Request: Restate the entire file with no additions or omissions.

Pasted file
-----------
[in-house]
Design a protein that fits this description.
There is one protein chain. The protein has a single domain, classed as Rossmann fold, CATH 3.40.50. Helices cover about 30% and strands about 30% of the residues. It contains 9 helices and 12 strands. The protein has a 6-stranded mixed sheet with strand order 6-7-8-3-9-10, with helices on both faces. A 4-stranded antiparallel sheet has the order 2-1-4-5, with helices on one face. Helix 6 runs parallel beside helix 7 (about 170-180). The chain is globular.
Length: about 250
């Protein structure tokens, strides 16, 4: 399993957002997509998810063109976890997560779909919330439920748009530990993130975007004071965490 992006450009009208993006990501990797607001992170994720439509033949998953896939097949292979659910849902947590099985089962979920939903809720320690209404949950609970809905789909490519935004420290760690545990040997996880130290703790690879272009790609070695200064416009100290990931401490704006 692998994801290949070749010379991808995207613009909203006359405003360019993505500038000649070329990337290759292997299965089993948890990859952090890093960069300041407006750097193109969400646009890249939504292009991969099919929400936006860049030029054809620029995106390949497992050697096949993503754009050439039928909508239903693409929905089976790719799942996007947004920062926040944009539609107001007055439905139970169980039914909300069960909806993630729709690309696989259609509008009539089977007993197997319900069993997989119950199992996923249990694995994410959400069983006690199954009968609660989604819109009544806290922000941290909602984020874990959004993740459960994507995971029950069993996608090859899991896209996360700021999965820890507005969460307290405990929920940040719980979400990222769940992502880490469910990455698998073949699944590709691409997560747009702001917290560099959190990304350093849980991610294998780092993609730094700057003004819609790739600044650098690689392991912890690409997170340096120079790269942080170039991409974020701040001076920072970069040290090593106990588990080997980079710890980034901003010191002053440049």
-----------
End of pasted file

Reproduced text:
[in-house]
Design a protein that fits this description.
There is one protein chain. The protein has a single domain, classed as Rossmann fold, CATH 3.40.50. Helices cover about 30% and strands about 30% of the residues. It contains 9 helices and 12 strands. The protein has a 6-stranded mixed sheet with strand order 6-7-8-3-9-10, with helices on both faces. A 4-stranded antiparallel sheet has the order 2-1-4-5, with helices on one face. Helix 6 runs parallel beside helix 7 (about 170-180). The chain is globular.
Length: about 250
């Protein structure tokens, strides 16, 4: 399993957002997509998810063109976890997560779909919330439920748009530990993130975007004071965490 992006450009009208993006990501990797607001992170994720439509033949998953896939097949292979659910849902947590099985089962979920939903809720320690209404949950609970809905789909490519935004420290760690545990040997996880130290703790690879272009790609070695200064416009100290990931401490704006 692998994801290949070749010379991808995207613009909203006359405003360019993505500038000649070329990337290759292997299965089993948890990859952090890093960069300041407006750097193109969400646009890249939504292009991969099919929400936006860049030029054809620029995106390949497992050697096949993503754009050439039928909508239903693409929905089976790719799942996007947004920062926040944009539609107001007055439905139970169980039914909300069960909806993630729709690309696989259609509008009539089977007993197997319900069993997989119950199992996923249990694995994410959400069983006690199954009968609660989604819109009544806290922000941290909602984020874990959004993740459960994507995971029950069993996608090859899991896209996360700021999965820890507005969460307290405990929920940040719980979400990222769940992502880490469910990455698998073949699944590709691409997560747009702001917290560099959190990304350093849980991610294998780092993609730094700057003004819609790739600044650098690689392991912890690409997170340096120079790269942080170039991409974020701040001076920072970069040290090593106990588990080997980079710890980034901003010191002053440049």